Life Imitates Art: A Writer’s Question

12 Jul

Recently, Thomas D. went missing. He had last been seen leaving a party and did not turn up again for four days. This was when a state trooper found his car some 480 feet off the Taconic State Parkway. He was found some 120 feet from his crashed BMW suffering from a back injury and dehydration. He apparently been able to crawl out of his car, which was stuck in a marshy area, but was unable to get to the roadway. He apparently was taken to the hospital and is now doing well. This story reminded me of a question that I receive many years ago from Lee Goldberg and used in my book Forensics & Fiction. Here is the question.

How Long Could a Man Survive in the Desert After Major Injuries from an Automobile Accident?

Q:    Here’s my scenario: A man loses control of his SUV and drives off a cliff on a remote, dirt road outside of Kingman, Arizona. Nobody notices the accident. He breaks his pelvis, maybe his legs, maybe a couple of ribs. Due to his injuries he is unable to climb back up the hill to the road. He survives on water from his windshield wiper reservoir, and eats bugs and lizards and whatever else he can find. He uses the wreckage for shelter in the sweltering heat and isn’t found for five or six days.

What condition would he be in? Dehydrated? Badly sunburned? Unconscious? What would he look like? Once the guy is back in the hospital in Kingman, what treatment would they give him?

Lee Goldberg, Los Angeles, California
Author of the Diagnosis Murder and Monk novels

A:    Yes, he would be severely dehydrated. More so if the temperature was high, as it is in summer there, and less so if in winter. In fact, in winter he could die from hypothermia.

If he broke his pelvis and/or a leg or two there would be some internal bleeding, which would only add to his problems. If he then had only a little water and some berries and bugs he would become severely dehydrated, and would likely slip into shock and could die. But you want him to survive, so a pelvic fracture would work well. Or a fracture to his lower leg. The bones there are the tibia (big one) and the fibula (little one). I would not have him fracture his femur (upper leg bone), since this is often associated with a great deal of internal bleeding into the leg, and his survival under the conditions you describe would be much less likely. A pelvic fracture might prevent him from climbing or crawling back up to the road and would limit his mobility greatly.

Dehydration is the loss of body water. The rate at which we lose water depends upon several factors, such as the ambient temperature (the higher it is the faster the loss from sweating), activity (water is lost through the lungs with each breath and exercise increases breathing), medications or drugs (alcohol and diuretics cause water loss through the kidneys), and other factors. The symptoms of dehydration are thirst, fatigue, dry mouth, nausea, sleepiness, confusion, disorientation, and finally shock (low blood pressure), a rise in body temperature, and finally death, more or less in that order of appearance. He may also hallucinate or see mirages, which are due to a bending of light rays. The heat rising from a desert bends light rays due to changes in the density of the air. The result is that you see blue sky below the horizon and it looks like a body of water. Often a person who is dehydrated and confused will rush (with your character crawl) blindly toward it, but can never reach it because it doesn’t exist, and because the optical illusion keeps moving away.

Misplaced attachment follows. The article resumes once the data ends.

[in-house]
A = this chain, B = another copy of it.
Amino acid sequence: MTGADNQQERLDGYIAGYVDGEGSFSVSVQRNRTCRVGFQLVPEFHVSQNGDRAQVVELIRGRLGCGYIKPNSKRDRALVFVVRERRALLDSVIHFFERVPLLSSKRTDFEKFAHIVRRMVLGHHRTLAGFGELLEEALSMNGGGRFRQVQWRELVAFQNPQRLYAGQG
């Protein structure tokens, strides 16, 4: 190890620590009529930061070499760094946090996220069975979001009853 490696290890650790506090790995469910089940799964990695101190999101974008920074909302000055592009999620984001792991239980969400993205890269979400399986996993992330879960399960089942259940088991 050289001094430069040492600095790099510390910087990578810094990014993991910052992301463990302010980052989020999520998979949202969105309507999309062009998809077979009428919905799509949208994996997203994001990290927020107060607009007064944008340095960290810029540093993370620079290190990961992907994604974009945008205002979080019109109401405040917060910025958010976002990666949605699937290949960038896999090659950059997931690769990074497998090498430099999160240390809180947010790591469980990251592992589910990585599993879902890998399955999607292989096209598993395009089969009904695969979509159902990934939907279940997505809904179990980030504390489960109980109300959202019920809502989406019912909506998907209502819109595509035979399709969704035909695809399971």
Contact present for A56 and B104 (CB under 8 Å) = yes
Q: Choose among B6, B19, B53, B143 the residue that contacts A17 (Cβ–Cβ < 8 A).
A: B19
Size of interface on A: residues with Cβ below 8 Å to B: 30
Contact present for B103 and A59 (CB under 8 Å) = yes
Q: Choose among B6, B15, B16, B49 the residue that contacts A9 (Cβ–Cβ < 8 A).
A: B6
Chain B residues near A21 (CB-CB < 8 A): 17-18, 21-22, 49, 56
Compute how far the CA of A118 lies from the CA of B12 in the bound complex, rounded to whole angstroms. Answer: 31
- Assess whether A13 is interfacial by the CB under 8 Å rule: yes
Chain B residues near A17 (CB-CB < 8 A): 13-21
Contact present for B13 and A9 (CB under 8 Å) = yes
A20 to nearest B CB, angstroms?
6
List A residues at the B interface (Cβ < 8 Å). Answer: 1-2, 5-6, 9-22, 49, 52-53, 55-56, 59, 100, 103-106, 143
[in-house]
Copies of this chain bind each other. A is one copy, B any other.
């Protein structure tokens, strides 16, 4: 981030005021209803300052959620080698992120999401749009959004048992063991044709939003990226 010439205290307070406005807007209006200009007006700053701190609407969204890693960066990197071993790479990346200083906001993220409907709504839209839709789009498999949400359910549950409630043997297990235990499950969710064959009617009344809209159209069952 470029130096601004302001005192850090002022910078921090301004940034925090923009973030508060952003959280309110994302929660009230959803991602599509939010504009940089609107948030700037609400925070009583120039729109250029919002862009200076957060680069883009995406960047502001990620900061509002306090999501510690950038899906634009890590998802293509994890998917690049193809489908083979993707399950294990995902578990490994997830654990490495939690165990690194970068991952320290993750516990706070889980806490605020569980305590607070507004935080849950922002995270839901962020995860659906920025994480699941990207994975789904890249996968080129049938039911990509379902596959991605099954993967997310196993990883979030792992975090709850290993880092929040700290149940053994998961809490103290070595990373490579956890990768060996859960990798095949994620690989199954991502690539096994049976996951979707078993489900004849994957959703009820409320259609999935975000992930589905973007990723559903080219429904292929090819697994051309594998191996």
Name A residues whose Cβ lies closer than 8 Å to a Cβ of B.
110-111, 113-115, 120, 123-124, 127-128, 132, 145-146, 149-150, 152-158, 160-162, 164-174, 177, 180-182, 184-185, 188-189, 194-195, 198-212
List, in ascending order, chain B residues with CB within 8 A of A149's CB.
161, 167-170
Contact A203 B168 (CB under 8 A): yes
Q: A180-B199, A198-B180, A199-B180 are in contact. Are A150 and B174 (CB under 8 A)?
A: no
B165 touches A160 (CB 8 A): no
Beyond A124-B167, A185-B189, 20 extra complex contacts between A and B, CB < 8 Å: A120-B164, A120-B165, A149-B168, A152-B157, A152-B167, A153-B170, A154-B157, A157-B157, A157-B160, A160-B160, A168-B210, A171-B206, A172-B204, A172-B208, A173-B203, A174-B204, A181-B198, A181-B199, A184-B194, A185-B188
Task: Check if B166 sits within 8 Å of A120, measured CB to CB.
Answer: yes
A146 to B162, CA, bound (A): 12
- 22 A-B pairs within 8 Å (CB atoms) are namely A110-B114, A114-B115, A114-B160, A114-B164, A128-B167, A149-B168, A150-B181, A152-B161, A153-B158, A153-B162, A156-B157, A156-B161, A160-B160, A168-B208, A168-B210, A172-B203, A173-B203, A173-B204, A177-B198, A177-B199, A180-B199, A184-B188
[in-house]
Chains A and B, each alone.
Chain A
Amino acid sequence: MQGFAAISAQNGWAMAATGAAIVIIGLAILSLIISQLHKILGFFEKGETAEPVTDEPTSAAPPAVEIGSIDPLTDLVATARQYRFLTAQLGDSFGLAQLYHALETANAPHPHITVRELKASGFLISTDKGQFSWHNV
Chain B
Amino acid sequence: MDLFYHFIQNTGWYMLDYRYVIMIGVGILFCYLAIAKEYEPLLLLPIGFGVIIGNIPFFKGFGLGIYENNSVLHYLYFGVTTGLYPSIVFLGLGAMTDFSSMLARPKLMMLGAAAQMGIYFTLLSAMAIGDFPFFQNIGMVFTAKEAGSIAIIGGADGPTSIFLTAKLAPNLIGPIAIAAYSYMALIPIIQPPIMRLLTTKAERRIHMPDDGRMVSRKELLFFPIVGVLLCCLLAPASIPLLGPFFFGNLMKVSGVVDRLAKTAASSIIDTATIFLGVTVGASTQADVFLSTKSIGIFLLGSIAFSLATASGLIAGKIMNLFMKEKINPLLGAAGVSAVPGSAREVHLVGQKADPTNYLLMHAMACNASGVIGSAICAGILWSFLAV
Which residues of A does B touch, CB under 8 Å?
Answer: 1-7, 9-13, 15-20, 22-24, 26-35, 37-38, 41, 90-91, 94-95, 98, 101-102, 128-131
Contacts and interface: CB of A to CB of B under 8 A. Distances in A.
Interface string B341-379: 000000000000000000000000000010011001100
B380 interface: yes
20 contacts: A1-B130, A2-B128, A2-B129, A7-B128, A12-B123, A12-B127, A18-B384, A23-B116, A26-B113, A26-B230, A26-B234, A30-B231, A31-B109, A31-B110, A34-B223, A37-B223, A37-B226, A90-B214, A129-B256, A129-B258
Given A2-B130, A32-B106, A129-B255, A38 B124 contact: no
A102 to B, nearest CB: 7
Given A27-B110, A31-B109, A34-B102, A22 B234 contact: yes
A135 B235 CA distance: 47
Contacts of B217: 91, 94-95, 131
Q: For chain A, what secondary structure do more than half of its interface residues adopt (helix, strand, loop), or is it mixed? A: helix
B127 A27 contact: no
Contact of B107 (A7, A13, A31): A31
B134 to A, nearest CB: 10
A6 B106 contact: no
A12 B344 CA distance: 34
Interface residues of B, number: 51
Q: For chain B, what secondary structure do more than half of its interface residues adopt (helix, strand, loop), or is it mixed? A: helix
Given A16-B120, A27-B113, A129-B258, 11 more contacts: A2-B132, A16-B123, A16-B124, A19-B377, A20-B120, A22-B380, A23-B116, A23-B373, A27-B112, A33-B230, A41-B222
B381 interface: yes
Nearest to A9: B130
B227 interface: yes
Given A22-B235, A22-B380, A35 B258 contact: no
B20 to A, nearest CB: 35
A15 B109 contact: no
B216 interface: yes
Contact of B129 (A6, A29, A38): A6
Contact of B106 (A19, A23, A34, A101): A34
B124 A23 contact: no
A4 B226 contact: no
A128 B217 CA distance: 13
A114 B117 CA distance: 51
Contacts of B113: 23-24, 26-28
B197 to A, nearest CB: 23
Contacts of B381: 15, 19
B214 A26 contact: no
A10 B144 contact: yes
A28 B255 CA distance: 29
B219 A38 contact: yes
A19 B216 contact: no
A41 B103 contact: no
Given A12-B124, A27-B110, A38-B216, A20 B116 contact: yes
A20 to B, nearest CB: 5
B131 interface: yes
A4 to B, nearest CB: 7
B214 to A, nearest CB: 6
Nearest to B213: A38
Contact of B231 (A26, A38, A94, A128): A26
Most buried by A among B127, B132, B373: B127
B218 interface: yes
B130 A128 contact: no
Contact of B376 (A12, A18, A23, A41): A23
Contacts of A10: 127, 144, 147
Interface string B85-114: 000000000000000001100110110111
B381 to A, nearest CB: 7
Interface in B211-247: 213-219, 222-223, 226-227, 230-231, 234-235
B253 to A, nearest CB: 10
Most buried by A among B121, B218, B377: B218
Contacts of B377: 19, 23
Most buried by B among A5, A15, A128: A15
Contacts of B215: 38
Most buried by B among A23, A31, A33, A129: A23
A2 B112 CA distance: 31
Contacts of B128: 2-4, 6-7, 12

The rapidity with which dehydration occurs will dictate how quickly these symptoms appear and how severe they are. Organ damage is primarily to the kidneys, which can be severely and irreversibly damaged with severe or prolonged dehydration.

In your scenario the dehydration would come on slowly, over a day or two, and would not become severe for as much as three or four days. Of course if he lost considerable blood from his injuries, this process would occur much more quickly. Also, at higher altitudes dehydration comes on more rapidly because the air at high altitudes tends to be drier. This means that more water is lost through the lungs than is lost in damper air at sea level. Kingman is fairly high and dry. His movements as he crawled around and searched for food would also dehydrate him more quickly.

Since your victim is young and healthy, and I assume is not taking any diuretics and has not consumed any alcohol before the beginning of his ordeal, two days would be a good average time frame for him to get into trouble but survive without major problems. You could stretch this to three or four days if necessary, but no longer. Not in the sweltering heat you described. Otherwise he could develop heat prostration or heatstroke and die.

When found he could be awake and alert, confused and disoriented, or in a coma. All of these are possible. The rescuers would wrap him in a blanket if he were cold, or douse him with water and fan him if he was suffering heat prostration or heatstroke. They would give him sips of water, stabilize any leg fractures with splints, and call for help. Once in the hospital he would get IV fluids and X-rays. Blood work would be done to determine how much blood he had lost and to check for kidney problems from the dehydration. He could require a blood transfusion, and his leg or pelvis could need a surgical repair. This would depend upon the type and extent of the fracture. Or he could need neither.

Yes, he could be sunburned unless he remained in his shelter during the day and scratched for food at dawn and dusk.

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Posted by on July 12, 2010 in Medical Issues, Q&A


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